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A New Direction for Tetra Pak: Biodegradable and Reusable

When Ruben Rausing founded Tetra Pak it was about innovating. Making a product that would “save more than it costs”. That saving came from using cheaper lighter materials, using a tetrahedral shape that maximizes volume while reducing the surface and using an efficient standard sheet of material. Where is it now? Now it is almost a monopoly that hasn’t changed much from its initial value offering.

The monopoly is in liquid food packaging. Your milk container is probably designed by Tetra Pak. The company designs the package, machines to make the package, and the material it’s made of. The old saying of “saving more than it costs” is moving away from where it used to be. Today the material is hard to recycle and is often thrown away in North America. Why is it so hard to recycle?

A illustration of a milk container that has a blue circle as the background. Most milk packages are designed by Tetra Pak

The material that makes up the package is Paper (75%), Plastic (20%), and Aluminum (5%). All three of these materials are recyclable. The problem is that the packaging is in six layers, which makes them difficult to separate the materials. In 2012 there were only a 100 locations in the world that can process the package. None of these locations were in North America. In 2014 I toured recycling centers in the Greater San Fransisco area. I asked them what they do with Tetra Pak and Aseptic packaging. About half of the locations I visited did not take them. I came across a few that did. I walked into the office of one and asked them where it goes. They told me that they load the packaging onto cargo containers and ship it to China. What? We ship our waste to the other side of the world so that it can be recycled, turn into boxes then shipped back to us. This is crazy.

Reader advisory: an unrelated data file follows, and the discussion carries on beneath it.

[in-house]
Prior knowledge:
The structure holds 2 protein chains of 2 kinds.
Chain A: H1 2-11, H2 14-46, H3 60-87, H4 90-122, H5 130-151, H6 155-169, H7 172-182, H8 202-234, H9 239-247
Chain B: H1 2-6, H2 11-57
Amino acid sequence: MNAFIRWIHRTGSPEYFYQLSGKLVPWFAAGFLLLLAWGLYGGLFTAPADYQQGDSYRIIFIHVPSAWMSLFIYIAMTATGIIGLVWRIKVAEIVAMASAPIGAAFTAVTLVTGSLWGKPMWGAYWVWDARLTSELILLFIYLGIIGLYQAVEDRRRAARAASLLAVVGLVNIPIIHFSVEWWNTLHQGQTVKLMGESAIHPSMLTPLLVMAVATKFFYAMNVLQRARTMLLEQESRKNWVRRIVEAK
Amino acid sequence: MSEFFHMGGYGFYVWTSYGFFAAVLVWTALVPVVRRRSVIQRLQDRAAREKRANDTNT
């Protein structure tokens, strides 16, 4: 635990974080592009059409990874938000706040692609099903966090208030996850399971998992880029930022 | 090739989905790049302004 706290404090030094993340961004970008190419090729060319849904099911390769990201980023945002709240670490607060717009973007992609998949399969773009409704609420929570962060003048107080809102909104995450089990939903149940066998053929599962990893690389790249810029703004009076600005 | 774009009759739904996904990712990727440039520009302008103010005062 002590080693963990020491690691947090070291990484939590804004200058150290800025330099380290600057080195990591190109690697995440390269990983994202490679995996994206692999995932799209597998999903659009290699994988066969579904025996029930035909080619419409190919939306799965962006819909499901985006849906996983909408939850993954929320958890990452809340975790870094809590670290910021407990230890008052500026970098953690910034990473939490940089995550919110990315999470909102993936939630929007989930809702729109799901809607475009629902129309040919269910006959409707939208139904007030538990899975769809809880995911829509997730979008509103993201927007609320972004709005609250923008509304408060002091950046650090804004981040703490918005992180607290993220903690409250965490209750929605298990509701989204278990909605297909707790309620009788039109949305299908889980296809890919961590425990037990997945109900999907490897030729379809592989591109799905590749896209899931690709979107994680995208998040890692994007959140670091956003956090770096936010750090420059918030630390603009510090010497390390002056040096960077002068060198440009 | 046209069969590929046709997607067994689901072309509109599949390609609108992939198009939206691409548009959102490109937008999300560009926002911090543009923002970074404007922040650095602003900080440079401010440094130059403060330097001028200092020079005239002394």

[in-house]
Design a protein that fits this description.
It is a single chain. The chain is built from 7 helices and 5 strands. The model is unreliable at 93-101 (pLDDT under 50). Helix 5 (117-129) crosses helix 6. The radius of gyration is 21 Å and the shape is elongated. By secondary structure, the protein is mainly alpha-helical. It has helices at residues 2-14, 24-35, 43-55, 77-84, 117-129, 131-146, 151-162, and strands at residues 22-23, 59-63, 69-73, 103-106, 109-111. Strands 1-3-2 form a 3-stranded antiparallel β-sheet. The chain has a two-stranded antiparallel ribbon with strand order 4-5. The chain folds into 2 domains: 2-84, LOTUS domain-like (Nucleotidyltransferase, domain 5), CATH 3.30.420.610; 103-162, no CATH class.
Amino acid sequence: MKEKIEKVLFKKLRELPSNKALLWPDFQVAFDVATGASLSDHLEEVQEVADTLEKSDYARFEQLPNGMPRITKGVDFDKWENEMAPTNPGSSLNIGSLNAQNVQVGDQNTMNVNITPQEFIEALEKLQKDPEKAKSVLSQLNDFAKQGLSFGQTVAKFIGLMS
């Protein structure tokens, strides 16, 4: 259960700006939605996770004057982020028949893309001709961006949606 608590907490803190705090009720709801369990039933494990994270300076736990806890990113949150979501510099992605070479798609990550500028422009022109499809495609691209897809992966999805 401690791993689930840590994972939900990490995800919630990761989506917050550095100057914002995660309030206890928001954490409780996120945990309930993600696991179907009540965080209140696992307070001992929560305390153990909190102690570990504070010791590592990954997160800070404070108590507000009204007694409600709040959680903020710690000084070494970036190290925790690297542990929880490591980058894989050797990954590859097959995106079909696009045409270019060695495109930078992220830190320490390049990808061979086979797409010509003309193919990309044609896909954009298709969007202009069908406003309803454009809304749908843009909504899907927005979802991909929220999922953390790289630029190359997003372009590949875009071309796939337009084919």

There is a project in Eastern Europe that is better. They want to turn the packaging into roof tiles. But this is not a complete solution. The demand for roofing material is limited and likely we would over produce the waste. What is a better solution? Packaging in the future will either be reusable or be completely biodegradable. This is what Tetra Pak needs to do with their packaging.

With 75% of the packaging paper Tetra Pak could make the packing biodegradable. The plastic would need to be replaced.  They could do this with a natural wax that could keep a seal and biodegrade after opening. With the biodegradable wax and paper 95% of the packaging is biodegradable. This leaves the remaining 5% of aluminum. The aluminum can be replaced with better design or materials.

Instead of biodegradable Tetra Pak may want their packaging to be reusability, they could increase the amount of aluminum. Then make the aluminum layer able to be easily separated with processing. The outer aluminum layer would then be re-used by applying a new inner layer. This would provide a clean way to re-use materials in packaging.

The strategy of sustainable packaging depends on us, the consumer. How much we recycle changes if it is better to have recycling packaging, or biodegradable packaging. Our incentives to recycle then effects how much we recycle. To affect this Tetra Pak could also include a reward when used packaging material is returned to Tetra Pak. This would incentives us, the consumer to recycle.

The old mantra of “saving more than it costs” was applied to cost cutting process that lead Tetra Pak to innovate packaging.  The new “saving more than it costs” should be applied to the environment by developing biodegradable or reusable packaging. This is the future direction of packaging.

 

Learn more about recycling here on my blog.

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